Remarks by Secretary of State Madeleine K. Albright
Before the Vital Voices Conference
U.S. Department of StateWashington, D.C.
February 16, 2000
SECRETARY ALBRIGHT: Thank you very much, Theresa, for that introduction and for the amazing job you have been doing and your team in making good on America's commitments to women and democracy.
Excellencies from the Diplomatic Corps, distinguished guests and friends, welcome. What a great audience. I really am delighted to have you all here and I am delighted to share this stage with thirteen women who are making their voices heard in such important ways around the world. We were just talking about sisterhood and there is great strength from that, as we all know.
As their presence illustrates, the Vital Voices Global Democracy Initiative is about women coming together, from different countries and cultures, to pursue common objectives and ideals.
This initiative carries with it a very simple message. And that is that if you are fighting to advance the status of women and girls, in whatever way in whichever country, you may be sure of one thing: you are not alone. The currents of change you engender are part of an ever-rising human tide, and the power of that tide is altering the world's social and political landscape day by day.
Whether you are an organizer, a teacher, healer, businessperson, mother -- or all of the above -- you are contributing to deeper democracy and a better world.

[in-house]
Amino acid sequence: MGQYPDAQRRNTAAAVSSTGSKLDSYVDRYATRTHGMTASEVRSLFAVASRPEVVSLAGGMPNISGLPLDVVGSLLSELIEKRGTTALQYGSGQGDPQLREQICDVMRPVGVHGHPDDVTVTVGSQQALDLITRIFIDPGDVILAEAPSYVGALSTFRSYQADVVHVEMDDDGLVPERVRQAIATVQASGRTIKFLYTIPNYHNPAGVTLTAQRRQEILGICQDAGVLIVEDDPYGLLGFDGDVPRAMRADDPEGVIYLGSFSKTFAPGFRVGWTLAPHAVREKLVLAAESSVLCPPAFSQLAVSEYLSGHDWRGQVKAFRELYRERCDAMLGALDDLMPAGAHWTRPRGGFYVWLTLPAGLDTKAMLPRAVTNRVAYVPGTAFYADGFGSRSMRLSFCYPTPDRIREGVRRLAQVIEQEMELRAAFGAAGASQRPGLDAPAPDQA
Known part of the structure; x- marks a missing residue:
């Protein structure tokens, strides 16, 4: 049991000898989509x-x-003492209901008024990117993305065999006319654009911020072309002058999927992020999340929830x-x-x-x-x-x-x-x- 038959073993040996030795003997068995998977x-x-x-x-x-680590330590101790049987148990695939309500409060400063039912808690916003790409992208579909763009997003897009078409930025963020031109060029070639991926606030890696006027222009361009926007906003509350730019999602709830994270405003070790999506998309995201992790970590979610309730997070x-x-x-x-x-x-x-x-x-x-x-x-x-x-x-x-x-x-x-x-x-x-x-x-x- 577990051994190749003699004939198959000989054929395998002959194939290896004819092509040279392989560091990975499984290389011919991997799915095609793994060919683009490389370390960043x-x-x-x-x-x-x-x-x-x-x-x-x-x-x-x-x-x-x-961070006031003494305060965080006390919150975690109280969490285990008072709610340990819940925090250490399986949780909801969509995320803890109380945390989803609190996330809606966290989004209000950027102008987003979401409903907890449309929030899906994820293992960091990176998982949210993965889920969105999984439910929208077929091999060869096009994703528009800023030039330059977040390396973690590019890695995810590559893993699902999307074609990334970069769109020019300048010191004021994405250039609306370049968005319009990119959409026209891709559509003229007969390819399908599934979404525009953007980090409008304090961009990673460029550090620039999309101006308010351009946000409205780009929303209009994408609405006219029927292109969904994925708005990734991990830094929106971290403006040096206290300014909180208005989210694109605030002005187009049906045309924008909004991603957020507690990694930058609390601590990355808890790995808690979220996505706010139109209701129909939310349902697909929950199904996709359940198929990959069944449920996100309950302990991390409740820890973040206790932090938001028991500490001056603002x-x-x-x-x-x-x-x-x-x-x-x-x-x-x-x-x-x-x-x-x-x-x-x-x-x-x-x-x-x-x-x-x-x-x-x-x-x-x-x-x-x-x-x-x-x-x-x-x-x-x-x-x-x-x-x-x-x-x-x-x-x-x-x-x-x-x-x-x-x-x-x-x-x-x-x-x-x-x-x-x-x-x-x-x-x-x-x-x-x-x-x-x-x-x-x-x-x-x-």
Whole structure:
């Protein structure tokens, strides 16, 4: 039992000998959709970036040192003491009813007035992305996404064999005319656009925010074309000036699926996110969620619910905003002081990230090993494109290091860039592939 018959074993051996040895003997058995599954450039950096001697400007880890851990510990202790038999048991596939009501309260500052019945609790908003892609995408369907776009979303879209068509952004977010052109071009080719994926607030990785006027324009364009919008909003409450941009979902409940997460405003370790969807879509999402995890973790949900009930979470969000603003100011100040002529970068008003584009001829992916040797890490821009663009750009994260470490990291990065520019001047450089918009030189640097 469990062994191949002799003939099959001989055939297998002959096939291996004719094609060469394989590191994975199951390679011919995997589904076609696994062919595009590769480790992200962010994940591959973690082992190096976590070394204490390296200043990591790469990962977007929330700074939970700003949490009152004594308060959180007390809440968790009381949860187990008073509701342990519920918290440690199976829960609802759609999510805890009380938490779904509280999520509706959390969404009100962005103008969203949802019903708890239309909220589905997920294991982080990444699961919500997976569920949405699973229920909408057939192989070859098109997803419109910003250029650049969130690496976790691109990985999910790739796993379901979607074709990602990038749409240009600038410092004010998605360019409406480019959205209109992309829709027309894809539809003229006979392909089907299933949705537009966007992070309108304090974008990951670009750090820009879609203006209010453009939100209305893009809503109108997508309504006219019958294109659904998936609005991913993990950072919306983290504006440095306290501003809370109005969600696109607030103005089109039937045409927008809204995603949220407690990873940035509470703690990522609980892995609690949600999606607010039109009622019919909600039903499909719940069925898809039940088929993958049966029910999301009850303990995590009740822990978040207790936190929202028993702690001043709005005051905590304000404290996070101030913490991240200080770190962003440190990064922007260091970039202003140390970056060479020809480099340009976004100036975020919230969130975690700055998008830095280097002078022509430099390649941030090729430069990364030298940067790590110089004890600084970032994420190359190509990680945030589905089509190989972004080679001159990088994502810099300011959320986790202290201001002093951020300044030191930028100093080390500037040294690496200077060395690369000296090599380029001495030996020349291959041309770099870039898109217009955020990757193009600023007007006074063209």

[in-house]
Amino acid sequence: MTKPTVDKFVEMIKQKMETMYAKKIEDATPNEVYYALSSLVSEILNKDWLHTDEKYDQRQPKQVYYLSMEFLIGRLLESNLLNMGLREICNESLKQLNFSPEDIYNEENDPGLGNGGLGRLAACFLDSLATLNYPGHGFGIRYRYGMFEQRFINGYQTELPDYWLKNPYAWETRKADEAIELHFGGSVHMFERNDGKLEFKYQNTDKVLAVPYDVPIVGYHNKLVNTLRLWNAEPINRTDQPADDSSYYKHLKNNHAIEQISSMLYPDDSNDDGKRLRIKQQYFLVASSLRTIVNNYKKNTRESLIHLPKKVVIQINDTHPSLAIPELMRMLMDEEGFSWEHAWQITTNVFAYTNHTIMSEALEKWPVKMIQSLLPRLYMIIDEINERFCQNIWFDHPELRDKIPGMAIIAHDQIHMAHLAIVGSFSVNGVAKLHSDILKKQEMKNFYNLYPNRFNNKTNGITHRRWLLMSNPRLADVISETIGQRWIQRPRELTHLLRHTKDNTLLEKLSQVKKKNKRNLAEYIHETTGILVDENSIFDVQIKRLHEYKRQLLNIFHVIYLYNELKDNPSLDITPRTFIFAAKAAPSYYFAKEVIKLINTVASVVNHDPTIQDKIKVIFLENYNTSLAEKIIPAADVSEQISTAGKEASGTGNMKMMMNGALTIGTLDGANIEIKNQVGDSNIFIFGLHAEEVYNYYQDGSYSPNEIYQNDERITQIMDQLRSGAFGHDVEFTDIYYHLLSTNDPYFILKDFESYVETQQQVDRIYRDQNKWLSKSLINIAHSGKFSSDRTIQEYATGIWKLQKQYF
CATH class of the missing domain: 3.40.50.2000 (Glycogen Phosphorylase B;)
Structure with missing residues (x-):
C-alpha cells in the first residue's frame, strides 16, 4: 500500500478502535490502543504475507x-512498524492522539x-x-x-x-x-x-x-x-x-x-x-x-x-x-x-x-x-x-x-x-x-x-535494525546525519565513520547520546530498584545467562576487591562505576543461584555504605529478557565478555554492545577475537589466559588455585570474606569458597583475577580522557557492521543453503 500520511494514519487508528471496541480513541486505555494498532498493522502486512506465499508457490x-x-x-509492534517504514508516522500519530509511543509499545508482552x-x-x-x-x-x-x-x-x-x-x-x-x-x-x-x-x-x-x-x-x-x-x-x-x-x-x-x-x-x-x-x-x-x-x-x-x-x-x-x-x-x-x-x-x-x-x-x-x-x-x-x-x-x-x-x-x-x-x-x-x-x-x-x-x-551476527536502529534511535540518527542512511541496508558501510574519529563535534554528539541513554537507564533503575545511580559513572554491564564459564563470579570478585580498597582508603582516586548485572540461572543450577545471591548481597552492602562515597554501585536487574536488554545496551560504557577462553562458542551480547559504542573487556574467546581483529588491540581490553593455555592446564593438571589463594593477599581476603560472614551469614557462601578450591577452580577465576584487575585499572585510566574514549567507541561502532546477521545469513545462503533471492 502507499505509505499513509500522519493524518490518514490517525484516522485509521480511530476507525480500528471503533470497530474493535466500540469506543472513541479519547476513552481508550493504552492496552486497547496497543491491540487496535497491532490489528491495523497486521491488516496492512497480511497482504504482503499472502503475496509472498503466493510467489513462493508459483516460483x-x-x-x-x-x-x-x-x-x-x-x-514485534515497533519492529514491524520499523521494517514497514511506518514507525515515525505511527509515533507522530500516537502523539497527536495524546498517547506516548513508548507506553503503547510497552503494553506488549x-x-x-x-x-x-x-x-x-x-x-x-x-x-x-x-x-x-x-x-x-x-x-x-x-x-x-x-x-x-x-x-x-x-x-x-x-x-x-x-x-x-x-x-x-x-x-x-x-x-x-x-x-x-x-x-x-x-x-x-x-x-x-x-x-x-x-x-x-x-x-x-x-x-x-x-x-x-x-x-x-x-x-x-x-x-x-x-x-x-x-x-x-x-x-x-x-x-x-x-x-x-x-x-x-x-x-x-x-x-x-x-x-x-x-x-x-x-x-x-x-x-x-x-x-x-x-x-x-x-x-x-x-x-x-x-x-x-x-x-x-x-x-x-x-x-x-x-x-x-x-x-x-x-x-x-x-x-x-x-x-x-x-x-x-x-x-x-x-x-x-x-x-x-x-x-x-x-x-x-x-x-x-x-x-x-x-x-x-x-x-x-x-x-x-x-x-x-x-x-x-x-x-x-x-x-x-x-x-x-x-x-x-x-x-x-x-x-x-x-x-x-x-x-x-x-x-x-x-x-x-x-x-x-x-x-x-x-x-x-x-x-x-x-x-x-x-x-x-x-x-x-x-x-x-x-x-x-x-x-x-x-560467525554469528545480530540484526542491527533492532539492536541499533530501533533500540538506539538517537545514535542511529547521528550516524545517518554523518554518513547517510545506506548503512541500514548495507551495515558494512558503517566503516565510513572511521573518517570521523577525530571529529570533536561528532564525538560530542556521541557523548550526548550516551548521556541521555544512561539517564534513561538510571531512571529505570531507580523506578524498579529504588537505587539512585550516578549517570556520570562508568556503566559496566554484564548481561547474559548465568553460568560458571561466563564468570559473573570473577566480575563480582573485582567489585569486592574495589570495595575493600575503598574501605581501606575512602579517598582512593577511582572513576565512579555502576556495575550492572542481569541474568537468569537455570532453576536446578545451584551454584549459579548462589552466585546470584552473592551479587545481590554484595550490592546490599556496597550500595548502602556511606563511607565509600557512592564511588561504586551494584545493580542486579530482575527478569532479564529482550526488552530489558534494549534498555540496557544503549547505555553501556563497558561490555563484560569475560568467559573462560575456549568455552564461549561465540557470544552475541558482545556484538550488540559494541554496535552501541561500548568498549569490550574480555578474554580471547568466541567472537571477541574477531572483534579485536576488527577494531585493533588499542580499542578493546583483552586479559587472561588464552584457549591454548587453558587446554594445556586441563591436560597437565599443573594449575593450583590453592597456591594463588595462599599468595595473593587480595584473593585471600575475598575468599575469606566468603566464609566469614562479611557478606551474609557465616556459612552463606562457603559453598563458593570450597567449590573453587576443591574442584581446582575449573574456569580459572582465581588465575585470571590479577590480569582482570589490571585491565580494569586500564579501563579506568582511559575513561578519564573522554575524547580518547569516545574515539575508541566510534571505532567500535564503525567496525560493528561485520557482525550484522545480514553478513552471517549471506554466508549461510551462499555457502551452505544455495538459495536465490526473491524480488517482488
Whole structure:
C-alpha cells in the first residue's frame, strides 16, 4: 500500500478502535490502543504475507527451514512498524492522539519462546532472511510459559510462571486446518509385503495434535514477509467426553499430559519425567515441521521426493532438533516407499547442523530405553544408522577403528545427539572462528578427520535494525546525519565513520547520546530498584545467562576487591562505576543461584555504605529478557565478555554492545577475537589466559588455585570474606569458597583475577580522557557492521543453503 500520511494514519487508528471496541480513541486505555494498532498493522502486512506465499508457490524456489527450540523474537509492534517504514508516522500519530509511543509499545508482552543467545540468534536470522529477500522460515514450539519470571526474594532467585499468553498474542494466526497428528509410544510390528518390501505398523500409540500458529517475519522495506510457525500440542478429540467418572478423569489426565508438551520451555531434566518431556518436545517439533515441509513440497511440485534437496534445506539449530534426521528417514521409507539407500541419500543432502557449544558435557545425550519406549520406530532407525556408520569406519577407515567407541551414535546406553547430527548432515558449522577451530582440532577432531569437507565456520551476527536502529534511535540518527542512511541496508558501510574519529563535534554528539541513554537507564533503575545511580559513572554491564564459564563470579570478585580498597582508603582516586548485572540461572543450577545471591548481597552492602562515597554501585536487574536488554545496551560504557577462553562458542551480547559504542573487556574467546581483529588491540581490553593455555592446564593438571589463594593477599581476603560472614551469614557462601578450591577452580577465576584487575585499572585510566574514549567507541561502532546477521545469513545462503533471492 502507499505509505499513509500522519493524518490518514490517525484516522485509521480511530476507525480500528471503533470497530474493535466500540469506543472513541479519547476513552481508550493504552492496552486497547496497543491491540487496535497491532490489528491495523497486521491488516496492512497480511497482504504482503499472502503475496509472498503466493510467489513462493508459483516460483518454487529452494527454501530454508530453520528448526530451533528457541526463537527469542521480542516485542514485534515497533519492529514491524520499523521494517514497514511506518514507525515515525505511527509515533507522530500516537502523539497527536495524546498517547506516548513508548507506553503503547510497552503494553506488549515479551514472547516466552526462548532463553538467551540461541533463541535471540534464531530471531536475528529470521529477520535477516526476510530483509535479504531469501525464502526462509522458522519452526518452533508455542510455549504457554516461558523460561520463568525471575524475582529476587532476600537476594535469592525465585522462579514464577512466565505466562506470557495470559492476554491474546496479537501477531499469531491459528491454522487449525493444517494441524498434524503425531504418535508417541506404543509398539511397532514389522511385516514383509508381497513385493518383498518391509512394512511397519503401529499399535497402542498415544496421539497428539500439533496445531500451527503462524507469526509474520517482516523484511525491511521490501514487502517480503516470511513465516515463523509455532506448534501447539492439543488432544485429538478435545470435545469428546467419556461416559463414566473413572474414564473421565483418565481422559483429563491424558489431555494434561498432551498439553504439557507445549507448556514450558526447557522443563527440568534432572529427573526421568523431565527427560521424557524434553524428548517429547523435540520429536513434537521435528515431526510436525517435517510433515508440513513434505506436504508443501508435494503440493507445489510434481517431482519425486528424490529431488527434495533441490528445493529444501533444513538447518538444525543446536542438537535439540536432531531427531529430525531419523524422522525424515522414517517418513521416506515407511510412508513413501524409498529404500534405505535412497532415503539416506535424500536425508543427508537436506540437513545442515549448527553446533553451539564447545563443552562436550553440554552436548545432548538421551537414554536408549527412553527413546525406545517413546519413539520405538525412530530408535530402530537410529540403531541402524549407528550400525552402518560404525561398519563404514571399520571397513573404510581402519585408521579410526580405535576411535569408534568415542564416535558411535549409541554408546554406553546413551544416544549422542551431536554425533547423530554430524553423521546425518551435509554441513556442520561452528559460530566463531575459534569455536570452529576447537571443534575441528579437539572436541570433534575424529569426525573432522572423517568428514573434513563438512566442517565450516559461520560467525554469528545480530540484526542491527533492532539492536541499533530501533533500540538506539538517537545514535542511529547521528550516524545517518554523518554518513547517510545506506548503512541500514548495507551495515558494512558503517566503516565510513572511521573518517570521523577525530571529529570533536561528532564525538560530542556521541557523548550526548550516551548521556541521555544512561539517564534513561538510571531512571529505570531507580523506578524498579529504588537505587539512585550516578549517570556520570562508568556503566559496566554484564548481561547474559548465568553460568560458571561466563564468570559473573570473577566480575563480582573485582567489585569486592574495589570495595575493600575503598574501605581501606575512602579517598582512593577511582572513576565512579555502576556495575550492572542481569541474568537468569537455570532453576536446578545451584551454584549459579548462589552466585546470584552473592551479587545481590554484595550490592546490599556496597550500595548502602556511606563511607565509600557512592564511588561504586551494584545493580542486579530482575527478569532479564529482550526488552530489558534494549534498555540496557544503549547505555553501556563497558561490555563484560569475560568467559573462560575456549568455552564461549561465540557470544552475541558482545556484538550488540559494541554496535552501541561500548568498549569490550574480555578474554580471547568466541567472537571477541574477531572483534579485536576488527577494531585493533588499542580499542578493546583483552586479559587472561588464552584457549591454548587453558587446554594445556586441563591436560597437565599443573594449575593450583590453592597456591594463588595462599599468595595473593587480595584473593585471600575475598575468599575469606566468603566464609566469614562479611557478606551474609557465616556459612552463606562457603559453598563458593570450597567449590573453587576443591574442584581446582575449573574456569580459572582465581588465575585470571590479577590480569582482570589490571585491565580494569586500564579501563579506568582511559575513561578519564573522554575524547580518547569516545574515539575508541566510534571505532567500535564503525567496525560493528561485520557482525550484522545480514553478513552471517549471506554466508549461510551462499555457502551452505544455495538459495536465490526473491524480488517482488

Power descends from knowledge. And through Vital Voices, we are sharing knowledge about how to reform laws, win elections, grow businesses, acquire new skills and shatter glass ceilings. Through Vital Voices, we are strengthening the bonds between public officials and non-governmental organizations, and across every boundary of race, faith, background and tongue.
This is crucial because we live in an age of networking; the more intricate the web, the stronger the whole. And our network is growing with every new friendship made, enterprise launched, and partnership begun.
So this afternoon, I want to thank all of you for your participation and support for the Vital Voices Initiative.
And I want to thank USAID and our Public Diplomacy professionals who have worked hard not only to start the Initiative, but also to follow up and see that promises made are promises kept.
And I want especially to recognize Swanee Hunt, our former Ambassador to Austria, who conceived this Initiative and who brought the first conference together back in 1997.
And, of course, I want to pay tribute to America's First Lady, Hillary Rodham Clinton, who has inspired and driven this Initiative from day one. Her frequent presence, her eloquence, her example, and her commitment have shown us all the way.
The First Lady was also our leader at the UN's Fourth World Conference on Women five years ago. Vital Voices is an outgrowth of that Conference. It is a tangible way of implementing the Platform for Action, and of demonstrating the role that women play as dynamic agents of constructive change.